Roger Williams and James Madison

In the Hall of Fame in the nation’s Capitol stands a statue of a man representing the State of Rhode Island. His name is Roger Williams.
Now who was Roger Williams, and what was his claim to fame? Roger Williams was born in London, England in the early part of the 17th Century. He was a priest in the Church of England. He had an inquiring mind and was an outspoken liberal and a critic of the State Church of England. He emigrated to the Massachusetts Colony as a young man and soon was at odds with the General Court that governed both the civil and religious life of the colony.
Roger Williams advocated the Boston Church be separated from the State Church and that Church and State be separated. He told the people he had crossed 3000 miles of stormy seas searching for a place where people might worship God as they saw fit, that he had broken forever with state-controlled churches, and since he had come this far to find “soul freedom” he did not intend to compromise.
Roger Williams moved from Boston to Salem, then to Plymouth, and back to Salem again where he was placed on probation for a year by the General Court. Not allowed to preach, Roger Williams remained quietly at home, but his many friends came to his house for religious discussions. The General Court heard about these meetings and brought him to trial.
The Court read a list of errors he had committed and asked him if they were true. “Yes,” said Roger Williams, “they are true.” Would he recant and bow to the authority of the Court? No, he would not, said Roger Williams. The Governor read the sentence: “Mr. Williams shall depart out of the jurisdiction within six weeks.”
Exiled. Banished. But since his wife was about to have a baby, he was told he could stay until the baby was born and winter was over. The baby came and they named her “Freeborn.”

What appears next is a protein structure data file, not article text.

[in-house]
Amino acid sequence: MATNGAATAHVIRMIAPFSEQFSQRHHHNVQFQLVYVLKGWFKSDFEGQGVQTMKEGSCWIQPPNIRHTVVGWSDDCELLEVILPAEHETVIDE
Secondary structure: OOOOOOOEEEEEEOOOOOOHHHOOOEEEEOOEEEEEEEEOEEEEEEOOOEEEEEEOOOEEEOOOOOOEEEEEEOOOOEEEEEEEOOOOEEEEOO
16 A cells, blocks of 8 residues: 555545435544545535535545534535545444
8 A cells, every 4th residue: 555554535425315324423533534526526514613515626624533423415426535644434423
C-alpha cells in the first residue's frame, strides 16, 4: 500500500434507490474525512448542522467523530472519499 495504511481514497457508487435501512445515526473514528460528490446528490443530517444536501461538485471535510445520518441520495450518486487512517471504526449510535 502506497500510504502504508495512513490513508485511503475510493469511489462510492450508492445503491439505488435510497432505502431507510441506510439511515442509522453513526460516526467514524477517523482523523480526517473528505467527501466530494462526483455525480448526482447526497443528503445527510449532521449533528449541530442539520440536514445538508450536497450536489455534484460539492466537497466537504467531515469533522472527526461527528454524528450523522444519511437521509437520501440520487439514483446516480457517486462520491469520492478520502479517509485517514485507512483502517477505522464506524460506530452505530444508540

Again people began to gather at Roger Williams’ home. This time the General Court decided to put a stop to Roger Williams’ religious activities once and for all. They sent a Captain and 14 soldiers to arrest him.
When the soldiers arrived at the Williams homestead, Roger Williams was gone beyond the reach of the General Court. He had gone to the tents of Massasoit, the old Indian Chief, where he spent the winter.
From his Indian refuge, he moved on to found the city of Providence, a city of refuge for all dissenters, a city with gates open wide to all who wanted to worship God in their own way, the first city in the New World to grant true religious freedom to all of its citizens. One man, Roger Williams, wrote another glowing chapter in the history of One Nation Under God.
Roger Williams died in 1683, but his ideas of religious freedom lived on. Ninety-four years later a young man of 25 assisted Thomas Jefferson in the drafting and adoption of the Constitution of the New State of Virginia following the Declaration of Independence. He insisted, along with Jefferson, that the right of religious freedom be incorporated in the Virginia Constitution.
This was the first of the Thirteen States to write this important freedom into its Constitution, although Rhode Island had practiced religious freedom since it was founded by Roger Williams.
Now who was this young Virginian that helped bring this liberal doctrine to Virginia? His name was James Madison, and much was to be heard about this talented young Virginian in later years as Secretary of State under President Thomas Jefferson for 8 years, then for 8 years as the 4th President of the United States. Earlier, James Madison had served as Secretary of the Constitutional Convention, for which he has often been called the Father of the Constitution.
Madison was tiny, hardly 5 feet tall, weighing about 100 pounds. He was frail and in delicate health, but he was a giant in intellect. It was James Madison, as a member of the first Congress under the new Constitution who proposed a resolution that contained twelve amendments to the Constitution. His resolution was approved by the House and Senate, and within two years, two thirds of the States had ratified 10 of the 12 amendments. So Madison’s amendments, called The Bill of Rights, were incorporated in the Constitution of the United States.
One historian said, “Madison was convinced that freedom under the law must include liberty of religion as well as in government.” This idea is clearly indicated in the first sentence of the first Amendment of the Constitution. It reads: “Congress shall make no law respecting an establishment of religion or prohibiting the free exercise thereof.” In these few words James Madison wrote another brilliant chapter in the history of One Nation Under God.

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